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Mar 15, 2008 (Vol. 28, No. 6)

Ingenue: Gene Network Simulation Software

  • Software
  • Very techie
From the Center for Cell Dynamics at the University of Washington’s Friday Harbor comes Ingenue, a software package for gene network simulation. Unlike direct tests to detect interactions in cells, gene network simulations attempt to model biological complexity computationally. Keys to success using this approach include high level imaging and extensive tests of models for accuracy. The Ingenue approach facilitates high level collaborations of mathematicians, computer scientists, and experimental biologists. As noted at the site, though many downplay the roles of models in biology, the fact is that they are very successful modeling processes in population genetics and enzyme kinetics, so there is no reason they should not be effective in basic cellular biology as well. At the site, one can find a wealth of materials, including confocal movies, downloadable Ingenue software (Mac, Windows, Linux), and a description of relevant publications. A site for techies, to be sure, but an important one.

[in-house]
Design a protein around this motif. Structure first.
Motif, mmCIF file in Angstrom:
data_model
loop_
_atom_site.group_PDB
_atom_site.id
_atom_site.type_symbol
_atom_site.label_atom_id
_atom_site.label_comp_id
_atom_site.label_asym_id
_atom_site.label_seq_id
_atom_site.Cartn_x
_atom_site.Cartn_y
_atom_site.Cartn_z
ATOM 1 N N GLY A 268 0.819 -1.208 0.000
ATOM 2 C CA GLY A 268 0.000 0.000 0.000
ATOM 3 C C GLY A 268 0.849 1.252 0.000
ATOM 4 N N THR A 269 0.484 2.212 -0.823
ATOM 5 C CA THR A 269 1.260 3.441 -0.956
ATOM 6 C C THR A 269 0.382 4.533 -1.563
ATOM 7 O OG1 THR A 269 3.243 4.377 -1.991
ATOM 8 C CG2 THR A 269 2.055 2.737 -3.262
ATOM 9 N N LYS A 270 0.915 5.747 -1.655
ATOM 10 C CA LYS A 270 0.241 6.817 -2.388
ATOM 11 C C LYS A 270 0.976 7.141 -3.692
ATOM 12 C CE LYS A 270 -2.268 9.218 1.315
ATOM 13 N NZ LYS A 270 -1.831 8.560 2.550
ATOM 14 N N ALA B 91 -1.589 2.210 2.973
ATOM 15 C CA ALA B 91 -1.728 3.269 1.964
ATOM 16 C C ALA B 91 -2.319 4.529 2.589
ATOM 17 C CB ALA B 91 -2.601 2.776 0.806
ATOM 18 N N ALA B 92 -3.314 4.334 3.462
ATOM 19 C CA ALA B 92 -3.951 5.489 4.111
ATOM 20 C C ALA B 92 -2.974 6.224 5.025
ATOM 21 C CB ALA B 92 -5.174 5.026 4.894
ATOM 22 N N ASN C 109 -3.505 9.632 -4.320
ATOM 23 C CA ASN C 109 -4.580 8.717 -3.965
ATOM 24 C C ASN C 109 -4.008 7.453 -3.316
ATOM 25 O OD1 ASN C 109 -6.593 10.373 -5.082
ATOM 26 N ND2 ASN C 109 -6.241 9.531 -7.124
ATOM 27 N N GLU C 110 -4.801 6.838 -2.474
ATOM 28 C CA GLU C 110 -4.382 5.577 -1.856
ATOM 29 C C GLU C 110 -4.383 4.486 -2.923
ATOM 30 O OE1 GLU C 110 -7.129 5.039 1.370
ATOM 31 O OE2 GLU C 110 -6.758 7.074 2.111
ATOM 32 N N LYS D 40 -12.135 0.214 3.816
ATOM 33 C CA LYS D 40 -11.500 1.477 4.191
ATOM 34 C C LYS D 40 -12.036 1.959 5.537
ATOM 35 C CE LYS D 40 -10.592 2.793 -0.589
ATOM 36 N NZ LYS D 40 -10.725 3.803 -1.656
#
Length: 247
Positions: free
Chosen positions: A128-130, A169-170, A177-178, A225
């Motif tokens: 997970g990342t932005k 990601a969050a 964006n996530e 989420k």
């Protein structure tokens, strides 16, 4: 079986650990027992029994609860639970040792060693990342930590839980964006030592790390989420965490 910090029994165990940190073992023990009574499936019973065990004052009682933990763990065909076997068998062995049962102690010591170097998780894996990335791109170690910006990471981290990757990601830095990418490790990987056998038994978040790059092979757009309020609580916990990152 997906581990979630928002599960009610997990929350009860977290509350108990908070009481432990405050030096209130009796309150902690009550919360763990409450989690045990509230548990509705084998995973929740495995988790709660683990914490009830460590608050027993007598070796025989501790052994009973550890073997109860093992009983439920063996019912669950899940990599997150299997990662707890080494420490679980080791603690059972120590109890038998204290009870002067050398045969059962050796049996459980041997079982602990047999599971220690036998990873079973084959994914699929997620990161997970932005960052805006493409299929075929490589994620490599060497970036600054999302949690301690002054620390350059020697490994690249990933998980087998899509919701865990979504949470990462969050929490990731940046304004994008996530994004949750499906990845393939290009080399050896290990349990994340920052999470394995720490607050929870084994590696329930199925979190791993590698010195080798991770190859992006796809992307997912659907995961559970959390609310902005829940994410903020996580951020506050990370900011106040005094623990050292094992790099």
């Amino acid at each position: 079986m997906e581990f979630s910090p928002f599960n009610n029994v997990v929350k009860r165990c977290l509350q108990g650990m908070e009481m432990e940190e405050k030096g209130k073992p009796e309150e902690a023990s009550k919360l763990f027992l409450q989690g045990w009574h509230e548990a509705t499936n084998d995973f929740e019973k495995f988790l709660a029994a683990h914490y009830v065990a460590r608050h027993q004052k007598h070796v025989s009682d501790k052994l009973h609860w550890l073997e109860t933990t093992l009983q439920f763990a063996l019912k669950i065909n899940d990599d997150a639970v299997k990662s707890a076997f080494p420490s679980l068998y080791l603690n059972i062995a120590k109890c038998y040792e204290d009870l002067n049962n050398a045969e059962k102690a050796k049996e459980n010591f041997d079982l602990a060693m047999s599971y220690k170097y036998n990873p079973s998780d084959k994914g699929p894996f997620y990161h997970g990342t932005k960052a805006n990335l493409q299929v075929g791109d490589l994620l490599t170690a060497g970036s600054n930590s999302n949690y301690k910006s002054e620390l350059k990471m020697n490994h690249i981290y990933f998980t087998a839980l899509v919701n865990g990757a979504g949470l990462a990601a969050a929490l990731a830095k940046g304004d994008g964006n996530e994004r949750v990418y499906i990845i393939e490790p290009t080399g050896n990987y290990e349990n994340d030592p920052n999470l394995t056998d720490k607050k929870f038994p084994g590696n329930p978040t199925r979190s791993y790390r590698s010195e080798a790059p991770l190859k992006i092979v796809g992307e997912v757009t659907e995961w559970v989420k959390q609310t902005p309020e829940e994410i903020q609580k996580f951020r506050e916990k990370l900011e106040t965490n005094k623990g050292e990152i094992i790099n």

• Key:
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*The opinions expressed are solely those of the author(s) and should not be construed as reflecting the viewpoints of the publisher, Genetic Engineering & Biotechnology News, Mary Ann Liebert, Inc., the publishing house, or employees and affiliates thereof.

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Scientifically Studying Ecstasy

MDMA (commonly known as the empathogen “ecstasy”) is classified as a Schedule 1 drug, which is reserved for compounds with no accepted medical use and a high abuse potential. Two researchers from Stanford, however, call for a rigorous scientific exploration of MDMA's effects to identify precisely how the drug works, the data from which could be used to develop therapeutic compounds.

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